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Author Topic: Using a Fantomah villain  (Read 1550 times)

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Offline Kevin_Holsinger

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Using a Fantomah villain
« on: May 12, 2017, 04:33:15 AM »
Good morning, all.

I was wondering what, if anything, I'd be allowed to do with a character named "Mark Lord" from the Fantomah comic series that's available on this site.  If everything on DCM is public domain, and Mr. Lord was from one of the collections available here [Fantomah Archive Part 1 featuring art by Fletcher Hanks (Fiction House)], and he was a one-off villain (from what I can tell), does that make him public domain and useable?

I'm toying with the idea of one day using him in a story, but don't feel comfortable enough in my limited knowledge of copyright to feel like I have a go-ahead.  I know Fantomah herself is referred to as a "public domain character" all over the Internet, but she's not one of those pre-1923 characters that I know are safe to mess with.

My thanks in advance for any help anyone can provide.  Enjoy your day.

Kevin Holsinger

Digital Comic Museum

Using a Fantomah villain
« on: May 12, 2017, 04:33:15 AM »

Offline Yoc

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Re: Using a Fantomah villain
« Reply #1 on: May 12, 2017, 09:23:16 AM »
Hi Kevin,
As we say for all business use questions -
We claim no ownership of the images shared on the site beyond the DCM logo and banner.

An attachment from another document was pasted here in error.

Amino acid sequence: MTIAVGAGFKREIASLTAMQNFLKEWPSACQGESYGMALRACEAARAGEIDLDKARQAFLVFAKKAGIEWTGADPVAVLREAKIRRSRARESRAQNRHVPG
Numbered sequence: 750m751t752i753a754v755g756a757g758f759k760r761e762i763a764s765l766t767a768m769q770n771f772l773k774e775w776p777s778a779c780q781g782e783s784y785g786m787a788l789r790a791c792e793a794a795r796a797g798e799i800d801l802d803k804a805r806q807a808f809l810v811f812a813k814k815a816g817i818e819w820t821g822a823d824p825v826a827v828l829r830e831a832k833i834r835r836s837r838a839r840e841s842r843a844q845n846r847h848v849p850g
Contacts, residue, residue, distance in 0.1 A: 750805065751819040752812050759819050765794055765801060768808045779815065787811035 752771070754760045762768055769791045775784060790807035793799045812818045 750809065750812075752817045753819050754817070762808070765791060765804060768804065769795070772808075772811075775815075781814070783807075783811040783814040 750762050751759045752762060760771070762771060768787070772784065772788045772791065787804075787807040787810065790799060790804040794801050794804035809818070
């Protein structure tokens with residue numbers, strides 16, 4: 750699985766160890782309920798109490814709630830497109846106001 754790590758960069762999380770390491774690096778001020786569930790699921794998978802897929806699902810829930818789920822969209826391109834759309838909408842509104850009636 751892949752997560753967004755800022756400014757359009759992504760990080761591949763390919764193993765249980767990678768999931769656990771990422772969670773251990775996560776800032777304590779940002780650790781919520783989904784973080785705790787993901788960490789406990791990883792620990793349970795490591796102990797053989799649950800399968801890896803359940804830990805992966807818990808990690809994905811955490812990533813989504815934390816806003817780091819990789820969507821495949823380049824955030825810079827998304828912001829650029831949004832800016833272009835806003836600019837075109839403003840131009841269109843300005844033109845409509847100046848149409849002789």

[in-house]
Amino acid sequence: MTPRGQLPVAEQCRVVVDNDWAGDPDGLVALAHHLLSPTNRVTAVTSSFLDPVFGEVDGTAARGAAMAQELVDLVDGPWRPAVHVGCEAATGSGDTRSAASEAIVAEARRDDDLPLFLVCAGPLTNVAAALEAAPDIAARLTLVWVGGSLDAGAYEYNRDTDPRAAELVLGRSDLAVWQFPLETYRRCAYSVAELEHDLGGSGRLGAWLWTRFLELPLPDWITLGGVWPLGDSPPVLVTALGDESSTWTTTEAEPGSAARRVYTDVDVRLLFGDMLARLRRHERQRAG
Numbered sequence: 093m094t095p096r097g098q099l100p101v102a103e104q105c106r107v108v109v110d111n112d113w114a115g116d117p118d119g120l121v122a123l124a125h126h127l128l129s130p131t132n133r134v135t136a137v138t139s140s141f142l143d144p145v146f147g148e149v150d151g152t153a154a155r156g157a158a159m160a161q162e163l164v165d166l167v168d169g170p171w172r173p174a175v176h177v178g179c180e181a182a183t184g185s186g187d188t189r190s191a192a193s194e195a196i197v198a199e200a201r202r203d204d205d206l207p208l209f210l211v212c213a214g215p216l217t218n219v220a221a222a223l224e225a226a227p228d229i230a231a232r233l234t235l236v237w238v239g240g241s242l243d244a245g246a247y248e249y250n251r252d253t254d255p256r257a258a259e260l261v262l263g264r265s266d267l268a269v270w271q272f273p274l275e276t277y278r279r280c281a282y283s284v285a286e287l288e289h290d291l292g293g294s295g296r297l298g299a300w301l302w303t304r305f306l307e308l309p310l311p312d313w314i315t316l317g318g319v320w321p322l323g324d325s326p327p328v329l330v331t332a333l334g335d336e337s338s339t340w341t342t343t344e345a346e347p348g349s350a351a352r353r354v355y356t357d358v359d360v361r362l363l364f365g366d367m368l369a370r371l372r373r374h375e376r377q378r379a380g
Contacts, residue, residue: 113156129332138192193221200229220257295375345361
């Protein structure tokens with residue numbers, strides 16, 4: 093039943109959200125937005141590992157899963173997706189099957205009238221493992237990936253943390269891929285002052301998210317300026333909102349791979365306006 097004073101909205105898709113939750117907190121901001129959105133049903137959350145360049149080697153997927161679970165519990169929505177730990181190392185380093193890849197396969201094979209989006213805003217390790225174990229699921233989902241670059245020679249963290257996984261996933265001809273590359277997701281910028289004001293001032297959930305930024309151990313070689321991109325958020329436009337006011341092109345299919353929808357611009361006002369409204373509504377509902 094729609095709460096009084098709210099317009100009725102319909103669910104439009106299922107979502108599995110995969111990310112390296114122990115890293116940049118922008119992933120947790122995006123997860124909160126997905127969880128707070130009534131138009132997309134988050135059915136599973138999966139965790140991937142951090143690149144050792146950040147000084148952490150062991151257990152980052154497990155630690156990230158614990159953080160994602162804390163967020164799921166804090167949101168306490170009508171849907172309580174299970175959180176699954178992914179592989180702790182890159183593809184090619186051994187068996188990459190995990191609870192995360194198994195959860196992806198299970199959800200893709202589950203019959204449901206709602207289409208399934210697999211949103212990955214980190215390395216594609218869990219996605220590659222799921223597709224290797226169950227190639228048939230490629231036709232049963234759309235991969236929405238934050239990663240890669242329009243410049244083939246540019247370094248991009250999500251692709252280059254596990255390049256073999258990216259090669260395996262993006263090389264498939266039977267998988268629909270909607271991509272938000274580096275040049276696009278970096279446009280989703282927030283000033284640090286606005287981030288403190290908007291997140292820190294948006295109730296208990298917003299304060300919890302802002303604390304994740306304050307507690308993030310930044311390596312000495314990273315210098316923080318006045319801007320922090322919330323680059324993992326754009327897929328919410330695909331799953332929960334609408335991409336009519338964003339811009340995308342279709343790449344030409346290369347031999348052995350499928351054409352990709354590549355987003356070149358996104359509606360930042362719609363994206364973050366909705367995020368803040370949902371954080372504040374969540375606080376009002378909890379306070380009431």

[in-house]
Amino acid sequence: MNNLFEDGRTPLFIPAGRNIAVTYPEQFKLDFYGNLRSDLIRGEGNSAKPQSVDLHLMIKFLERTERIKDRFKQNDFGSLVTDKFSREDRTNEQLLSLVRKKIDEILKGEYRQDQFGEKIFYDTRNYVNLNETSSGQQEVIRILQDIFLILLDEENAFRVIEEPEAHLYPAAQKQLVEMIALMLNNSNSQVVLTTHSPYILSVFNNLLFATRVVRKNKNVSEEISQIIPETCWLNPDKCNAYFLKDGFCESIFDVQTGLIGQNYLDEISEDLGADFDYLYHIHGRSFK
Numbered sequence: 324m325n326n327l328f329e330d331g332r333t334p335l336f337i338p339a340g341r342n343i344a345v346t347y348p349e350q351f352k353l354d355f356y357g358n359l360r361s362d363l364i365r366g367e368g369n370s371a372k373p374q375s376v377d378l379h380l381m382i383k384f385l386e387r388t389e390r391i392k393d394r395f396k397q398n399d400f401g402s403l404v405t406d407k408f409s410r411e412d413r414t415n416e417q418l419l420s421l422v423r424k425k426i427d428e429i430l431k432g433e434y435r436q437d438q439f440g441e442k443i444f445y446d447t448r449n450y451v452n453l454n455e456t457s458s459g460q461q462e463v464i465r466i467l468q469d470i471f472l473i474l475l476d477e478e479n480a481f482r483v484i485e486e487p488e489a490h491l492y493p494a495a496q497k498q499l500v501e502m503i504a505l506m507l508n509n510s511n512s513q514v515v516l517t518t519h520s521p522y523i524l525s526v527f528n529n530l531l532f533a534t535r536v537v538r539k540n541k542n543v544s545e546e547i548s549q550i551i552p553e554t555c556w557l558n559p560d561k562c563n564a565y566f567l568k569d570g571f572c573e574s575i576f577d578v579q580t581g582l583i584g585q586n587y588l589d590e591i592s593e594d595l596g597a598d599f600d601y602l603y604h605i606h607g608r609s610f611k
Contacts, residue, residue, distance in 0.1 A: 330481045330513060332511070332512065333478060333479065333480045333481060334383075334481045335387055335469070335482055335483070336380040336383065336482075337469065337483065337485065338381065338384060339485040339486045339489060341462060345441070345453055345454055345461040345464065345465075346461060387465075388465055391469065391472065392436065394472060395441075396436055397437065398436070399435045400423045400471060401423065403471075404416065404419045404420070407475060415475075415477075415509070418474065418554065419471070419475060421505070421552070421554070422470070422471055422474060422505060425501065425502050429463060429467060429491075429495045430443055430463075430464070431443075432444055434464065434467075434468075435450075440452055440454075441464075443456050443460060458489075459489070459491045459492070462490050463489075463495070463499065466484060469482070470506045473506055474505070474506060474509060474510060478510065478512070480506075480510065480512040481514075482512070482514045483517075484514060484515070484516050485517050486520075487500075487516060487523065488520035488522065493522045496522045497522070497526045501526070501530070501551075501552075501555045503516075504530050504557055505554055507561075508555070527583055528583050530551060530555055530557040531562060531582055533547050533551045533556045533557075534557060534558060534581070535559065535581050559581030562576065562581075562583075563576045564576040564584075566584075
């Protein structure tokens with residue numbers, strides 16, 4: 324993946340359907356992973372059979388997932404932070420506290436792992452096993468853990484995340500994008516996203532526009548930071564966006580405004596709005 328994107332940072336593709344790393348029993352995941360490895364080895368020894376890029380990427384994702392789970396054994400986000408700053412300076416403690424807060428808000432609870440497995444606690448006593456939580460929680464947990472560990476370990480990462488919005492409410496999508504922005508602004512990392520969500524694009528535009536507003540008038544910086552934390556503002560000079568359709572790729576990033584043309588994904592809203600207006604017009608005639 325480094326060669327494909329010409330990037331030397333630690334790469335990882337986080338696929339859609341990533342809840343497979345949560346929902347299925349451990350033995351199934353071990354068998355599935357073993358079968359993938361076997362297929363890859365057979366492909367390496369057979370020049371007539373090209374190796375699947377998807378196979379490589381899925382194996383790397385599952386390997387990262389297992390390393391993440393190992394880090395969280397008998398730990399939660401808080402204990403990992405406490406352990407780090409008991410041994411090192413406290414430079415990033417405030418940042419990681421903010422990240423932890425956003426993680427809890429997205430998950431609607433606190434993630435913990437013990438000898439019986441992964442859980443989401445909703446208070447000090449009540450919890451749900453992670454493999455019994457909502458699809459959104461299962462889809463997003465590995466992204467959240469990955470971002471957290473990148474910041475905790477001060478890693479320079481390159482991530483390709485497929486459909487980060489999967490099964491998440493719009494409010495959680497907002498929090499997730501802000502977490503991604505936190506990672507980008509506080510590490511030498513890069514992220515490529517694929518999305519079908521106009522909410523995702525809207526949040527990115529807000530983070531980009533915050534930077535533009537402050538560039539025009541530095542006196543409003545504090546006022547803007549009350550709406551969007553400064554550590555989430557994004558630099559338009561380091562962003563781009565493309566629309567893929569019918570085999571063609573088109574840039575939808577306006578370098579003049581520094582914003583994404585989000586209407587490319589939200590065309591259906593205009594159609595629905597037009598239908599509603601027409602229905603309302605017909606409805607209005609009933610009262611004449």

Scans are donated by members.  We also cannot speak to the legality of using them in business ventures.

Please refer to our FAQ on this topic here -

If you a doing something for personal use you have no worries.


Offline JonTheScanner

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Re: Using a Fantomah villain
« Reply #2 on: May 12, 2017, 05:38:08 PM »
I'm not a lawyer, and if I were, I'm not your lawyer. And I don't even recall the character in question, but you can't copyright ideas.  So think exactly about what you believe you're copying. Yes if you want that exact character, you'd be infringing a copyright assuming the character still is under copyright.

But maybe 1000 people would recognize the name, and maybe 100 of those would remember something about the character if you used the name (and I think I'm being generous) so I doubt you're buying into any name recognition attraction for your potential story.  If you don't give the character the same name and make him somewhat different based on the same idea it will be down to about 10 who might connect things up.

Of course, by asking exactly this question here first, you've only provided evidence of what you're planning so I'm really writing to others who might contemplate something similar.

Offline TheCosmicMoth

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Re: Using a Fantomah villain
« Reply #3 on: May 13, 2017, 03:37:36 AM »
I'd say go for it. Ain't nobody going to claim ownership of Mark Lord. I'm relatively sure all of the Fanotomah material is public domain.

That being said... you should probably drop a personal thank you to the creators in your work (especially if the creator was Fletcher Hanks). Creators deserve recognition.

And whatever you do, link it here. I'm curious to see why you want to use this guy.